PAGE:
# Lesson 4 Sampling With Replacement

## Motivating Example

Recall Galileo’s problem from Lesson 1. He wanted to know whether a sum of 9 or a sum of 10 was more likely when 3 dice are rolled. In fact, Galileo’s peers reasoned that the two events should be equally likely, since there are six ways to get a sum of 9

\begin{align*} 3 + 3 + 3 & & 2 + 3 + 4 & & 2 + 2 + 5 & & 1 + 4 + 4 & & 1 + 3 + 5 & & 1 + 2 + 6 \end{align*}

and also six ways to get a sum of 10:

\begin{align*} 3 + 3 + 4 & & 2 + 4 + 4 & & 2 + 3 + 5 & & 2 + 2 + 6 & & 1 + 4 + 5 & & 1 + 3 + 6 \end{align*}

But gamblers of the day knew better. From experience, they knew that a sum of 10 was more likely than a sum of 9. But where did Galileo’s peers go wrong in their reasoning?

## Discussion

Recall from Lesson 3 that the three rolls of a die can be modeled as $$n=3$$ draws with replacement from the box $\fbox{\fbox{1}\ \fbox{2}\ \fbox{3}\ \fbox{4}\ \fbox{5}\ \fbox{6}}.$ Galileo’s peers showed that there are 6 ways to get a sum of 9 if you ignore the order in which the tickets were drawn. (Notice that they included 2 + 3 + 5, but not 3 + 5 + 2 and other orderings of the same three rolls.) They also showed that there are 6 ways to get a sum of 10. Why does this not guarantee the probabilities of the two events are the same?

Notice that this case (draws with replacement, order doesn’t matter) is one that we have not studied yet.

with replacement without replacement
order matters $$N^n$$ $$\frac{N!}{(N-n)!}$$
order doesn’t matter ??? $$\binom{N}{n} = \frac{N!}{n!(N-n)!}$$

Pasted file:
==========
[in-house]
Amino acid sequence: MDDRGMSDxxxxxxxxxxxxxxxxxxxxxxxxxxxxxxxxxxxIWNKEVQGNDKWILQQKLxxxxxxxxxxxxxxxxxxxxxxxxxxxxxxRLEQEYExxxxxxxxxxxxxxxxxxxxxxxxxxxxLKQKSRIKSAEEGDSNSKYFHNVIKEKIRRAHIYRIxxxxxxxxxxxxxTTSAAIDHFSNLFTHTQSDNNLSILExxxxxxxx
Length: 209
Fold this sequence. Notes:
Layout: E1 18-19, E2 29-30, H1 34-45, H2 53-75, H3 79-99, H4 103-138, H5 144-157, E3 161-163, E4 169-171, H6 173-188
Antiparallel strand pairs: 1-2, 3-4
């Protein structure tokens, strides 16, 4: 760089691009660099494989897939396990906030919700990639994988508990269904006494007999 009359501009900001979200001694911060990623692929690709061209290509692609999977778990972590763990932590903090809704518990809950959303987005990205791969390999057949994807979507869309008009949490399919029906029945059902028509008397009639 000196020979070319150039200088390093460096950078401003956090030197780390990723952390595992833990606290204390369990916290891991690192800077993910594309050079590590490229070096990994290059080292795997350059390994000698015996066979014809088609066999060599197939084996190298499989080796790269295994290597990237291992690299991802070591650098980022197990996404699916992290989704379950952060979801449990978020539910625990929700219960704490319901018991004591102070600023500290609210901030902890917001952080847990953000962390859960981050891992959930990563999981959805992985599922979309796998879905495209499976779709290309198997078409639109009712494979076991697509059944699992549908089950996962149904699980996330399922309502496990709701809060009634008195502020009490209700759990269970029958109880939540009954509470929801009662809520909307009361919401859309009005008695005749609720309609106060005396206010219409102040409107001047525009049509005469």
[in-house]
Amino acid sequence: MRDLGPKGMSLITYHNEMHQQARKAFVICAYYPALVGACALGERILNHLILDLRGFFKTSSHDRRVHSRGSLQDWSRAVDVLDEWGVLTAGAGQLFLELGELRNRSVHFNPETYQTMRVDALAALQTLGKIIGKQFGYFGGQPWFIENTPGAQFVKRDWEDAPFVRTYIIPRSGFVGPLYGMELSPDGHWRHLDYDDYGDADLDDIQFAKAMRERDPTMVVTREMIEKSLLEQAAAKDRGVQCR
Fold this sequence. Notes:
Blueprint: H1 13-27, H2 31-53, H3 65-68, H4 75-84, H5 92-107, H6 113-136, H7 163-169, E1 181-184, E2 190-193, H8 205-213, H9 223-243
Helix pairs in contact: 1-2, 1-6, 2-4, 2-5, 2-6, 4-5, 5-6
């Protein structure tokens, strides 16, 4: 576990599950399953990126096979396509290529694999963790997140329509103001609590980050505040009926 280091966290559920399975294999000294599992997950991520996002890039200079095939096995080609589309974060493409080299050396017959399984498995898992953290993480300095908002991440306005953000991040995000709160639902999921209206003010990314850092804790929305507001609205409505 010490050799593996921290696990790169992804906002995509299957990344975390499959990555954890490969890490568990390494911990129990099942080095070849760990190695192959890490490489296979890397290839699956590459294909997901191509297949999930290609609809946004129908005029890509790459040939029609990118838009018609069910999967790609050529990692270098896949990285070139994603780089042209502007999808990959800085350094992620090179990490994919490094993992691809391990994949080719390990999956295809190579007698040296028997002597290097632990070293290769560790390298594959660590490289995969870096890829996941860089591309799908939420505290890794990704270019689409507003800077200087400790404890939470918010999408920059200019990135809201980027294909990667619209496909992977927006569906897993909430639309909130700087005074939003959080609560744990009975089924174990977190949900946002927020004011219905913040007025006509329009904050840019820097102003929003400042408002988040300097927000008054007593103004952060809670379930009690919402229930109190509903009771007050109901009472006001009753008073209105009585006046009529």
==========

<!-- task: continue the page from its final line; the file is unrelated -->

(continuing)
To settle the question, let’s go back to counting ordered outcomes.

• The outcome $$2 + 3 + 4$$ corresponds to $$3! = 6$$ outcomes, when you account for the possible orderings:
• $$2 + 3 + 4$$
• $$2 + 4 + 3$$
• $$3 + 2 + 4$$
• $$3 + 4 + 2$$
• $$4 + 2 + 3$$
• $$4 + 3 + 2$$
• On the other hand, the outcome $$2 + 2 + 5$$ can only be reordered $$3$$ different ways:
• $$2 + 2 + 5$$
• $$2 + 5 + 2$$
• $$5 + 2 + 2$$
• And the outcome $$3 + 3 + 3$$ only has one possible ordering.

In other words, when we draw with replacement, the same ticket can be drawn more than once, and repetitions reduce the number of ways that tickets can be reordered. The problem with simply counting the number of outcomes is that the 6 outcomes \begin{align*} 3 + 3 + 3 & & 2 + 3 + 4 & & 2 + 2 + 5 & & 1 + 4 + 4 & & 1 + 3 + 5 & & 1 + 2 + 6 \end{align*} are not all equally likely. $$2 + 3 + 4$$ is twice as likely as $$2 + 2 + 5$$ and six times as likely as $$3 + 3 + 3$$. When draws are made with replacement, only ordered outcomes are equally likely.

This was Galileo’s insight. When he took into account the number of possible orderings associated with each unordered outcome: $\begin{array}{rr} \hline \text{Unordered Outcome} & \text{Possible Orderings} \\ \hline 3 + 3 + 3 & \text{1 way}\ \\ 2 + 3 + 4 & \text{6 ways} \\ 2 + 2 + 5 & \text{3 ways} \\ 1 + 4 + 4 & \text{3 ways} \\ 1 + 3 + 5 & \text{6 ways} \\ 1 + 2 + 6 & + \text{6 ways} \\ \hline & \text{25 ways} \end{array}$

he found that the probability of a 9 was actually $\frac{25}{216}.$ (Remember that there are $$6^3 = 216$$ equally likely outcomes when order matters.)

Repeating the calculation for the probability of a 10, Galileo showed that the two probabilities were indeed different.

## Examples

1. Here’s a different illustration of the fact that not all unordered outcomes are equally likely when draws are made with replacement. In the Pick 3 Lotto, a winning number is chosen between 000 to 999. Contestants win if the digits in their chosen number matches the winning number, in any order.
1. What is your chance of winning if you bet on 053?
2. What is your chance of winning if you bet on 055?
3. What is your chance of winning if you bet on 555?
2. Complete the solution to Galileo’s problem. What is the probability that the sum is 10 when 3 fair dice are rolled? How does this compare with the probability that the sum is 9?

## Bonus Material

You will rarely need to count the unordered ways that $$n$$ tickets can be drawn with replacement, since the unordered outcomes are not equally likely. However, in case you are curious how this can be calculated, the following video explains how. This video is completely optional!